Total Credits: 3 APA Credit
Course Level: Intermediate
Target Audience: LCSW, LPC, LMFT
St. Ignatius of Loyola (1493-1556), the founder of the Jesuits, wrote his "Spiritual Exercises" to provide retreatants a process of "becoming aware and understanding to some extent the different movements which are caused in the soul." This is also a good definition of "psychotherapy" (literally, "soul healing"), which provides an opportunity to find connections between this spiritual classic and modern therapy practice. St. Ignatius's "Exercises" include insightful "rules for the discernment of spirits" to help people recognize the influence of encouraging "good spirits" and discouraging "evil spirits" in their retreats, which variously attempt to guide the person toward or away from their spiritual journey. Ironically, Ignatius teaches that both kinds of promptings can be used to discern and stay on the right path. These 16th Century discernment rules can be relevant in cognitive therapy with people who struggle to prevent relapse in their addictions, or who are fighting depression, anxiety, or trauma in part due to a strong "pathological critic." Paying attention to feelings of "consolation" or "desolation" can help clients better discern whether to believe their thoughts or not, whether a decision they are considering is appropriate, and how to assess sudden shifts in their thinking. Depending on how the therapist frames these rules, even non-religious people can benefit from St. Ignatius's wisdom.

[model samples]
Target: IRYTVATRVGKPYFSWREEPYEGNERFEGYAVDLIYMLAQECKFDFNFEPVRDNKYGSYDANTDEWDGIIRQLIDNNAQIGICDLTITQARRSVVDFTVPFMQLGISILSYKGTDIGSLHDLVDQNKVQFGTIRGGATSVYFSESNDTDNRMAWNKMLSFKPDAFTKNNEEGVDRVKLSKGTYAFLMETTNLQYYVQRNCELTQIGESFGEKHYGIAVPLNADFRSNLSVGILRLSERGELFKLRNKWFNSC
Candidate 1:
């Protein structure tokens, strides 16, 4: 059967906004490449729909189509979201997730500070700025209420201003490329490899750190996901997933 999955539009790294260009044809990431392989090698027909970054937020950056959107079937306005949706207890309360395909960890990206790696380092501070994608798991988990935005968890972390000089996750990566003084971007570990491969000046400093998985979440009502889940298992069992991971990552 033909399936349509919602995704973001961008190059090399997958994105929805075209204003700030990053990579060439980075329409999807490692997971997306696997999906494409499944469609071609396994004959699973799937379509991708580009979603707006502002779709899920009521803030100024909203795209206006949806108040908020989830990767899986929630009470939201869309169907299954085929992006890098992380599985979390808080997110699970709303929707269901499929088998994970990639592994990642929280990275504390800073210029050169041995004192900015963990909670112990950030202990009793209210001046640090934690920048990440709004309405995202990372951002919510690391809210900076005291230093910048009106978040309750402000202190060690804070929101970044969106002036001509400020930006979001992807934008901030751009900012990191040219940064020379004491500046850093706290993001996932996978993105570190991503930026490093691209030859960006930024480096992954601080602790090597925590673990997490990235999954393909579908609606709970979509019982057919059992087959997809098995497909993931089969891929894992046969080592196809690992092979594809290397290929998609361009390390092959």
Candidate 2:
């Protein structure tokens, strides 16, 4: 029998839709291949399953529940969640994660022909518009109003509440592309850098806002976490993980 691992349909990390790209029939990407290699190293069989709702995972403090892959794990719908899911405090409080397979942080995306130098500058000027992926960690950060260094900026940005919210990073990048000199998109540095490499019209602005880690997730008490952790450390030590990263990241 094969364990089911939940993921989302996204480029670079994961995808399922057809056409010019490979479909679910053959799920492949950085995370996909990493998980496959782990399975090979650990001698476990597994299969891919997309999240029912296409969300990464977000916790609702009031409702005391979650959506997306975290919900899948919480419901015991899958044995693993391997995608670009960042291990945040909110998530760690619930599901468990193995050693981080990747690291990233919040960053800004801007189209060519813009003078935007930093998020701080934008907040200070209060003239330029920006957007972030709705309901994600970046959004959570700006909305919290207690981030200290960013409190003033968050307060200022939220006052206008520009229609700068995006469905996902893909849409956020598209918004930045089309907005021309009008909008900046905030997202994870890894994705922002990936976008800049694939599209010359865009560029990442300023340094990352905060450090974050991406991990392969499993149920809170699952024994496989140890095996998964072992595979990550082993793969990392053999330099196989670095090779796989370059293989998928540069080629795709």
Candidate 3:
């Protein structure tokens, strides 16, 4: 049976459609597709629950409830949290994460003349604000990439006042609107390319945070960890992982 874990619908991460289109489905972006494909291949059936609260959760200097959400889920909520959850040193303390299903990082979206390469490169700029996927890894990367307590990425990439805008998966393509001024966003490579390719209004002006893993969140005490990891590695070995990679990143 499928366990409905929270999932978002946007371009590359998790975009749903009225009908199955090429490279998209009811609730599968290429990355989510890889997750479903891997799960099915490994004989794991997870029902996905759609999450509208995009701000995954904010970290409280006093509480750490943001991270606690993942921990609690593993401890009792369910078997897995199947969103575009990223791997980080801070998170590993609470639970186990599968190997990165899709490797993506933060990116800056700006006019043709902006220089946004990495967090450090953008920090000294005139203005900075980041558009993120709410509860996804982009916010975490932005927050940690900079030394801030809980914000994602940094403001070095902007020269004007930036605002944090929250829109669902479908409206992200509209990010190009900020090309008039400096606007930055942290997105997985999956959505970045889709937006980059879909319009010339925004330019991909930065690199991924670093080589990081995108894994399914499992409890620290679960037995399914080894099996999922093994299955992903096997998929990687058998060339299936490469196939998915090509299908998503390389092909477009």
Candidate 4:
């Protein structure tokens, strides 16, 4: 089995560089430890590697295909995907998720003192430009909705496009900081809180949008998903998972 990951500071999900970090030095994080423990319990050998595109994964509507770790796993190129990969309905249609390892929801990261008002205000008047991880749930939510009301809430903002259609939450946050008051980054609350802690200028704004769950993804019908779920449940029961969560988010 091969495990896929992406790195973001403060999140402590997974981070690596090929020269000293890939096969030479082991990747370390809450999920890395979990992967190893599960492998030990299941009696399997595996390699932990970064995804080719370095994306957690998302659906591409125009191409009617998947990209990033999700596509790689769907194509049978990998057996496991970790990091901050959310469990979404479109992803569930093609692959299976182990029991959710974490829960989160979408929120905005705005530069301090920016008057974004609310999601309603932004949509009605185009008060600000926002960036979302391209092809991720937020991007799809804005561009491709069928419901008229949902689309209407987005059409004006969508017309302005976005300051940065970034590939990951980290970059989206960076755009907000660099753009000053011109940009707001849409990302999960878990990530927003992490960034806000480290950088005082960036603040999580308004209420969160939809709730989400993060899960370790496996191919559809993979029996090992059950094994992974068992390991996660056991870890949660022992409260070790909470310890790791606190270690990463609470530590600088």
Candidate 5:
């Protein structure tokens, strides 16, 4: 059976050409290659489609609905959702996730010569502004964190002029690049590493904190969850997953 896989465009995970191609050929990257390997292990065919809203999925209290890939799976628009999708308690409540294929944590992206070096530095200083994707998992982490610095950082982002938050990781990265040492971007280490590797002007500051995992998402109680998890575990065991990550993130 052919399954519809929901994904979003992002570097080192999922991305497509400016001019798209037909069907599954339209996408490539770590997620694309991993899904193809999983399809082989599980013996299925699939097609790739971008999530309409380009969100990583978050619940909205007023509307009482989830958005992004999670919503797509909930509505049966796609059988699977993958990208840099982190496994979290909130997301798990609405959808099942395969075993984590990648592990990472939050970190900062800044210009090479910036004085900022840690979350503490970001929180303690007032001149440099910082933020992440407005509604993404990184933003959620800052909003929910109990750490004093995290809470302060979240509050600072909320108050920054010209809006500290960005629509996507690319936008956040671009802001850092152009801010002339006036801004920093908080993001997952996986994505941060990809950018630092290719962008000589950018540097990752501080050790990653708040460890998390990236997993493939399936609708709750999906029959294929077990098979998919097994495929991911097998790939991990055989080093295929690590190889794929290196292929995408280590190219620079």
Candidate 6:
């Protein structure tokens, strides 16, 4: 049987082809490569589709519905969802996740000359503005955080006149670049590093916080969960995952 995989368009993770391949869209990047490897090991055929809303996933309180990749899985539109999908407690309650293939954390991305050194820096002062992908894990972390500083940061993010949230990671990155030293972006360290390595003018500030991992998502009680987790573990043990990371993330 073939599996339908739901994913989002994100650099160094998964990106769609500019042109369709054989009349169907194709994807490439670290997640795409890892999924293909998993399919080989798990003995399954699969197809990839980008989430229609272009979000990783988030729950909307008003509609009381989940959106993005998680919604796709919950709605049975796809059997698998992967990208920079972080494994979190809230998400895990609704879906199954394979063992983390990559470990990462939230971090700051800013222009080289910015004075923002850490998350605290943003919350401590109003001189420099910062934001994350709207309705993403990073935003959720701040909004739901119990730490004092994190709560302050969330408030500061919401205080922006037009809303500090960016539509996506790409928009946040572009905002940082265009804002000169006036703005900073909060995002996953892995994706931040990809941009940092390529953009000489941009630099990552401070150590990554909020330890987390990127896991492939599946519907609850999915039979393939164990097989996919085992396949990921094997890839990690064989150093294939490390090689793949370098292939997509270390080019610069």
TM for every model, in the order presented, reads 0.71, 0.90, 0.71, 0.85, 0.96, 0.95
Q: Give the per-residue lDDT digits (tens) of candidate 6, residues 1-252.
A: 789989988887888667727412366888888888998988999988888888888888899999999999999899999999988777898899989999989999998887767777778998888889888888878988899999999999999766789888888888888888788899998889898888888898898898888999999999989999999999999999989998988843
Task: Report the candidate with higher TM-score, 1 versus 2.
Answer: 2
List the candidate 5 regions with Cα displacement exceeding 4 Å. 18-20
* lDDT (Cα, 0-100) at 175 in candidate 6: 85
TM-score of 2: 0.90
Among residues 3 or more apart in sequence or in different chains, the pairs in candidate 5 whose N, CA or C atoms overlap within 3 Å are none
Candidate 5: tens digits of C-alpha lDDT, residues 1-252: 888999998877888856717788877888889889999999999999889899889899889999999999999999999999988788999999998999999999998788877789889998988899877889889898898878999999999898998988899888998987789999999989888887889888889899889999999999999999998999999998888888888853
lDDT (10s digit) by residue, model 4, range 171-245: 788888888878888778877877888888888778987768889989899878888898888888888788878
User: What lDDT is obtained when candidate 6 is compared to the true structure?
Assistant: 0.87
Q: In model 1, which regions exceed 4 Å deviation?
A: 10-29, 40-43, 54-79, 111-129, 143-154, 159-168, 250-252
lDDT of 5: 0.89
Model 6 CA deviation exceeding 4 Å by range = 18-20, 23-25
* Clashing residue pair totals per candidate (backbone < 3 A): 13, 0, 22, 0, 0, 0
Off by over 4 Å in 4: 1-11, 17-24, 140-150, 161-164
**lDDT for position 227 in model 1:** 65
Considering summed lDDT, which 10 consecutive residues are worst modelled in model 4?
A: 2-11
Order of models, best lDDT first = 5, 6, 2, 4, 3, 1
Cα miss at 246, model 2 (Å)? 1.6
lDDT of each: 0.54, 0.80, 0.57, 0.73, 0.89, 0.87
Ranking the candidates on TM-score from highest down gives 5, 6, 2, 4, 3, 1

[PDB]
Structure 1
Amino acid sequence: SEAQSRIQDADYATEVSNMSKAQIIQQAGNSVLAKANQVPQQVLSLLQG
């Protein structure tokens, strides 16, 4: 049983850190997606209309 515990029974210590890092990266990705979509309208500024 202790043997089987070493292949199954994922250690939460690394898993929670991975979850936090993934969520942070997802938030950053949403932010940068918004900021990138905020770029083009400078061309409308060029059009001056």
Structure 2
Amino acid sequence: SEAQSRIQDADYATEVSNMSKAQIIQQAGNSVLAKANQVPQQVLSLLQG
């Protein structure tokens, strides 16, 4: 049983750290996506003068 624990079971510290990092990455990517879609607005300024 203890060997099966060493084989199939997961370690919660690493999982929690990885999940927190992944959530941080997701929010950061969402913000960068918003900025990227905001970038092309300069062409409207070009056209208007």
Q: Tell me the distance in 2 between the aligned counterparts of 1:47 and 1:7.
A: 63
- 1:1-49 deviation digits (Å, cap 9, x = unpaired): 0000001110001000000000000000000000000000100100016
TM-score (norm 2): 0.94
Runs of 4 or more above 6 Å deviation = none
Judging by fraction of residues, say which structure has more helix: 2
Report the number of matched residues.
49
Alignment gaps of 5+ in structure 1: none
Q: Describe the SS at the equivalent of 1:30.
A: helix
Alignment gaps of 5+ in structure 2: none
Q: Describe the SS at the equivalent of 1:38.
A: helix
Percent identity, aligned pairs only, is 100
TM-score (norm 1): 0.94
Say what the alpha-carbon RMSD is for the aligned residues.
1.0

Refunds will not be offered for this event, however every registrant will receive a copy of the recorded presentation and the opportunity to complete the home study and receive any CE credits offered at a later date. Any questions or concerns, please feel free to reach out to Mary Hanys at firstname.lastname@example.org for more details.
There is no conflict of interest or commercial support for this program.